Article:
I know it might be a little controversial to say that creativity is genetic, especially when Robinson suggests that we are all naturally bursting with creativity, implying that we are all equally creative. I obviously say this based on intuition but that would not be very ‘scientific’. To be more plausible, I make reference to Torr, who has been a creative director for JWT (fourth largest advertising agency in the world) and author.
“ … creative people are different from other people … in a way that we’re only beginning to understand. And everything we know about them suggests that they’re creative because they’re different, not that they’re different because they’re creative. It’s a vital distinction.
Believing that everyone has the capacity to be just as creative as the next person is as ludicrous as believing that everyone has the capacity to be just as intelligent as the next person …” (Gordon Torr, Managing Creative People, 2008)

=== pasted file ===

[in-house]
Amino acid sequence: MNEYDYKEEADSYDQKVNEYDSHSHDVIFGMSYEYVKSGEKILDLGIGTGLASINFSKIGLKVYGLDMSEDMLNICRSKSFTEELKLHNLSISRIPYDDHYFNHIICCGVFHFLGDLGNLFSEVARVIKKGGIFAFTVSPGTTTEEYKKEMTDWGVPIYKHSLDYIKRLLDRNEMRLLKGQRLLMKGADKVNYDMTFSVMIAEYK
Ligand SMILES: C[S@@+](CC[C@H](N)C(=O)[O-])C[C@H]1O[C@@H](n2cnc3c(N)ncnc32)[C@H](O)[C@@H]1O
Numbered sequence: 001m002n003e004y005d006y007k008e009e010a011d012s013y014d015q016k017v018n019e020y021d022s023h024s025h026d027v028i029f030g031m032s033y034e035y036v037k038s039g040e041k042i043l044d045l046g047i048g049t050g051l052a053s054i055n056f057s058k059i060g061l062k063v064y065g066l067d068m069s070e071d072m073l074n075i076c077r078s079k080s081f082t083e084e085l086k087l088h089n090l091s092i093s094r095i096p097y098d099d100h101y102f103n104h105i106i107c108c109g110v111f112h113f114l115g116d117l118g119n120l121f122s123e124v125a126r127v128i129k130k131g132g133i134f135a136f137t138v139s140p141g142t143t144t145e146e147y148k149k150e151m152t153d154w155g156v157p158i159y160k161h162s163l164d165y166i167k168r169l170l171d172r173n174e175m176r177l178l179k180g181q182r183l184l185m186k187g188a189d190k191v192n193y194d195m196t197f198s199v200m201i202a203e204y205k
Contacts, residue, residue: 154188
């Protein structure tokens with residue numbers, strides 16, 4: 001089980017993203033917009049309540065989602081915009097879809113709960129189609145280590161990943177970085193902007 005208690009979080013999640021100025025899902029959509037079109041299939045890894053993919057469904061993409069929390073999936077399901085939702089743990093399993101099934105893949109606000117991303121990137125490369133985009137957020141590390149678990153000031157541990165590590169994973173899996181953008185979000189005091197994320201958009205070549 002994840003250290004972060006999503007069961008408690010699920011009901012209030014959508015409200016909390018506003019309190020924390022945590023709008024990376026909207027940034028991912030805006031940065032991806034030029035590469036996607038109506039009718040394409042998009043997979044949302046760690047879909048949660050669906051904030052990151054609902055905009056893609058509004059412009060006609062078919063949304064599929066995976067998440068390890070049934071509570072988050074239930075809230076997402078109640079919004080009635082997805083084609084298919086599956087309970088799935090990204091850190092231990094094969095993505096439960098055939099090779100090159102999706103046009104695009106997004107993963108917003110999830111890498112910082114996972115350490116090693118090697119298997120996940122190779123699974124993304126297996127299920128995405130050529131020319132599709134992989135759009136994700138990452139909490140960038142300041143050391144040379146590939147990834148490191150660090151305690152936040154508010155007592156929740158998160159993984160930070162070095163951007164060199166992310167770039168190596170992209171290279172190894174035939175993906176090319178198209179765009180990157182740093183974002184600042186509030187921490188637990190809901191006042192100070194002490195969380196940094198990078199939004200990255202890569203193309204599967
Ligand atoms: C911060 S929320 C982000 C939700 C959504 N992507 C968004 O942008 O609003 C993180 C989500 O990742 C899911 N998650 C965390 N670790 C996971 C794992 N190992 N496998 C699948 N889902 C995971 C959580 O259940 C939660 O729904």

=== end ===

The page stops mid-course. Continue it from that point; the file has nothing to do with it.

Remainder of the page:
According to Torr, there are three factors that make creative people different:
- Biology. Research shows that creative people have different brain activity than others – lower levels of cortical arousal. This explains why their thinking is less inhibited and they can easily come up with ‘more absurd, dreamlike and just plain weird’ ideas than other people.
- Motivation. Professor Amabile’s work demonstrates that creativity is strongly linked to intrinsic motivation. Torr adds that creative people are distinguished by ‘an all-consuming preoccupation’ with creative work, regardless of whether it brings them money or fame.
- Personality. Many personality studies confirm the popular impression that creative people can be childlike, impulsive, fantasy-oriented, emotionally sensitive, anxious and ambitious. Torr’s work confirms the stereotype.
This view might not be a trendy one, however, it does fit intuitively with what I know and have experienced over time and by meeting seriously creative people. They are different, rebellious, individualistic and have great difficulty in conforming to the ‘norm’.
The tile: Is Everyone Creative? I suggest that we all can understand, appreciate and profit by learning about creativity. We can then help to facilitate its emergence more often in our world and not resist it because of blind ignorance.